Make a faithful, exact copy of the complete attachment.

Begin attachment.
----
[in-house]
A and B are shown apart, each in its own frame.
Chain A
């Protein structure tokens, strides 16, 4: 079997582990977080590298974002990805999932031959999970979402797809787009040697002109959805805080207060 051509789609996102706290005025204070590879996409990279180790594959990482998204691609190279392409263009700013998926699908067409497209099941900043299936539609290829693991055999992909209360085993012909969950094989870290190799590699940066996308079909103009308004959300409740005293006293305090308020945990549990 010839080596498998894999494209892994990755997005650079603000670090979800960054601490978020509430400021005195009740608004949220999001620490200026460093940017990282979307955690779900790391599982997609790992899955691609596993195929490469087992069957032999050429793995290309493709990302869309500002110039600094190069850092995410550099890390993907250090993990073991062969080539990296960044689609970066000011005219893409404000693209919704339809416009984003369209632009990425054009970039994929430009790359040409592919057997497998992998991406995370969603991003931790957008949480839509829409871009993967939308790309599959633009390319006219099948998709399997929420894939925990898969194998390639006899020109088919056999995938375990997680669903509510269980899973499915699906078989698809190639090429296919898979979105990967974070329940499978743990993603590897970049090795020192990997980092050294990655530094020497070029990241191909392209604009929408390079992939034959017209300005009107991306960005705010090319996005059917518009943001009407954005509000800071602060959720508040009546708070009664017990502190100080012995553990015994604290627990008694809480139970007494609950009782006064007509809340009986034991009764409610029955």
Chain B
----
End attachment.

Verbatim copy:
[in-house]
A and B are shown apart, each in its own frame.
Chain A
């Protein structure tokens, strides 16, 4: 079997582990977080590298974002990805999932031959999970979402797809787009040697002109959805805080207060 051509789609996102706290005025204070590879996409990279180790594959990482998204691609190279392409263009700013998926699908067409497209099941900043299936539609290829693991055999992909209360085993012909969950094989870290190799590699940066996308079909103009308004959300409740005293006293305090308020945990549990 010839080596498998894999494209892994990755997005650079603000670090979800960054601490978020509430400021005195009740608004949220999001620490200026460093940017990282979307955690779900790391599982997609790992899955691609596993195929490469087992069957032999050429793995290309493709990302869309500002110039600094190069850092995410550099890390993907250090993990073991062969080539990296960044689609970066000011005219893409404000693209919704339809416009984003369209632009990425054009970039994929430009790359040409592919057997497998992998991406995370969603991003931790957008949480839509829409871009993967939308790309599959633009390319006219099948998709399997929420894939925990898969194998390639006899020109088919056999995938375990997680669903509510269980899973499915699906078989698809190639090429296919898979979105990967974070329940499978743990993603590897970049090795020192990997980092050294990655530094020497070029990241191909392209604009929408390079992939034959017209300005009107991306960005705010090319996005059917518009943001009407954005509000800071602060959720508040009546708070009664017990502190100080012995553990015994604290627990008694809480139970007494609950009782006064007509809340009986034991009764409610029955």
Chain B